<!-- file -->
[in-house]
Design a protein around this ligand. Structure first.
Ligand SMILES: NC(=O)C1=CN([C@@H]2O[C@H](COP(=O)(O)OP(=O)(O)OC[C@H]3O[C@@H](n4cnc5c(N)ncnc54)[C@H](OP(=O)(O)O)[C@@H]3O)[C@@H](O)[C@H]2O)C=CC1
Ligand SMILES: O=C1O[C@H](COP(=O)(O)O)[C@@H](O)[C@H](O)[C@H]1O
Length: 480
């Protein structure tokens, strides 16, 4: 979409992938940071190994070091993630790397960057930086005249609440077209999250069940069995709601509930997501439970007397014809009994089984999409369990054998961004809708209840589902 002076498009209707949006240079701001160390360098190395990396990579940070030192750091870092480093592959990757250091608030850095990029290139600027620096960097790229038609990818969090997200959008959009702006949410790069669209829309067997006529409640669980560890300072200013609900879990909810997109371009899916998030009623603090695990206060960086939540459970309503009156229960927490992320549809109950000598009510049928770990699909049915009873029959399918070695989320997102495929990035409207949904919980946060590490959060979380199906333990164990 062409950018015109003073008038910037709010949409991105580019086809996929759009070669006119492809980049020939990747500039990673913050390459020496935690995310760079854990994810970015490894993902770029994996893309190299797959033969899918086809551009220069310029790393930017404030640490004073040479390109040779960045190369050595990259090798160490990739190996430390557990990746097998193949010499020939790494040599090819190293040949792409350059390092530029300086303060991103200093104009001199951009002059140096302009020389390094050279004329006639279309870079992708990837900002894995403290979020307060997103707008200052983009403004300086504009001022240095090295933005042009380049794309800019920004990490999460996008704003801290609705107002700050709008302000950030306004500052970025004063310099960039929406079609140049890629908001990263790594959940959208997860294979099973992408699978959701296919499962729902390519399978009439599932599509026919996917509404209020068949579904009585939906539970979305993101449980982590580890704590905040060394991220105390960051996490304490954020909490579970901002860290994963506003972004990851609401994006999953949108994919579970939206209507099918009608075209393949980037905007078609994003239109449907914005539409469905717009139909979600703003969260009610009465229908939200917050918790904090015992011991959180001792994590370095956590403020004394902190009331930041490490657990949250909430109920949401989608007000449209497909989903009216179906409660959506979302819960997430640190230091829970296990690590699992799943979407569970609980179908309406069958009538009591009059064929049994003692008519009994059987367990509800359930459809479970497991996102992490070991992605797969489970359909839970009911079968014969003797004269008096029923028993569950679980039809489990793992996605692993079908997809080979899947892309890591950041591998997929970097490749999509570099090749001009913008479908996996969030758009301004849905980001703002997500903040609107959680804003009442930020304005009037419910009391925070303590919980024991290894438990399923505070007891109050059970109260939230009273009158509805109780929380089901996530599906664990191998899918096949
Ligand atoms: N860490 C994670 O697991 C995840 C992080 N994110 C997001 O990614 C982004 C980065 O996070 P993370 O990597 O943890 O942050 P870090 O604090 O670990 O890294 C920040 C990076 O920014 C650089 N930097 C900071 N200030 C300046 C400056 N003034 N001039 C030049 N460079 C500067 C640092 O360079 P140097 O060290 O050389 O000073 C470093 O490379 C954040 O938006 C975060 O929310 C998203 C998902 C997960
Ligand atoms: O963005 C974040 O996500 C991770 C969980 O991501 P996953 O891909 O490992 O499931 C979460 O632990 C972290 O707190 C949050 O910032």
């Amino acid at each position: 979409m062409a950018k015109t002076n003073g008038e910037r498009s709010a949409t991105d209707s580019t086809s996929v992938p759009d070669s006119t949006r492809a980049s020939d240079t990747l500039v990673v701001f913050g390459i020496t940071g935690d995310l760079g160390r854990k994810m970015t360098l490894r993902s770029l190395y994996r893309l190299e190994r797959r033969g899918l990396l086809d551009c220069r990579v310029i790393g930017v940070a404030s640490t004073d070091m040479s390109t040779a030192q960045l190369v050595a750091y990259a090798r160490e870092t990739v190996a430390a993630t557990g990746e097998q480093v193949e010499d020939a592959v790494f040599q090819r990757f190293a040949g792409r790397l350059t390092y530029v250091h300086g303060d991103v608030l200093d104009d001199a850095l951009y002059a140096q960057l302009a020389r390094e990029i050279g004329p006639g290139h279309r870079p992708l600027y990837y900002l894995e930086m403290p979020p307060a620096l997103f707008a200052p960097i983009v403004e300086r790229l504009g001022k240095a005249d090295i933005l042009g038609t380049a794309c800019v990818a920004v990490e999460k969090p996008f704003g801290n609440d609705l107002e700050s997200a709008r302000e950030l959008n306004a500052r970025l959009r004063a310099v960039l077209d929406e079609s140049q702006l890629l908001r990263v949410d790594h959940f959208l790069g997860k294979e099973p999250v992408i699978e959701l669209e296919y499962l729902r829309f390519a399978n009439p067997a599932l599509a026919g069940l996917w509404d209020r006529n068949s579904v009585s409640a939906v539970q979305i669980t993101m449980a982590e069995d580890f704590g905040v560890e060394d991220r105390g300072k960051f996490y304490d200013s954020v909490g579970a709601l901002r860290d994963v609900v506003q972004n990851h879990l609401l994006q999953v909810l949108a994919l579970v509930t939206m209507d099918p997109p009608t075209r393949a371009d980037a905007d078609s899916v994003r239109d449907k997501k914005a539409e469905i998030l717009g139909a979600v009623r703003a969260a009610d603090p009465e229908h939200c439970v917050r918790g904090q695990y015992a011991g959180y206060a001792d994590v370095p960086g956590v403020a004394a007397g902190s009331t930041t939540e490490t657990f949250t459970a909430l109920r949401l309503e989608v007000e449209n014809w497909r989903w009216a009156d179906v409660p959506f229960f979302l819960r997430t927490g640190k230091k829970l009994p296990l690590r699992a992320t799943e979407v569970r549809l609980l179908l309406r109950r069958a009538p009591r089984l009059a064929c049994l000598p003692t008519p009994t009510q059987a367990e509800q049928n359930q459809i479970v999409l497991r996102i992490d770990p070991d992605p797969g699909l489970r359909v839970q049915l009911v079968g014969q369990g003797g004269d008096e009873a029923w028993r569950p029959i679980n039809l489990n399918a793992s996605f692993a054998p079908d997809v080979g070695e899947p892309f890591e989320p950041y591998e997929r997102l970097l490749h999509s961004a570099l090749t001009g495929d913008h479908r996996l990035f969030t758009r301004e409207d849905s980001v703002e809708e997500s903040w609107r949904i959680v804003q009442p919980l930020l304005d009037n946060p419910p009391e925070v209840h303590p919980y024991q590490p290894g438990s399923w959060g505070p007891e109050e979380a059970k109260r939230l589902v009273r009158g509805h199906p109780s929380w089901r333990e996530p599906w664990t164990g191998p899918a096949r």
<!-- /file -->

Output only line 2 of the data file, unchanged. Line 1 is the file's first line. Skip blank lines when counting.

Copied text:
Design a protein around this ligand. Structure first.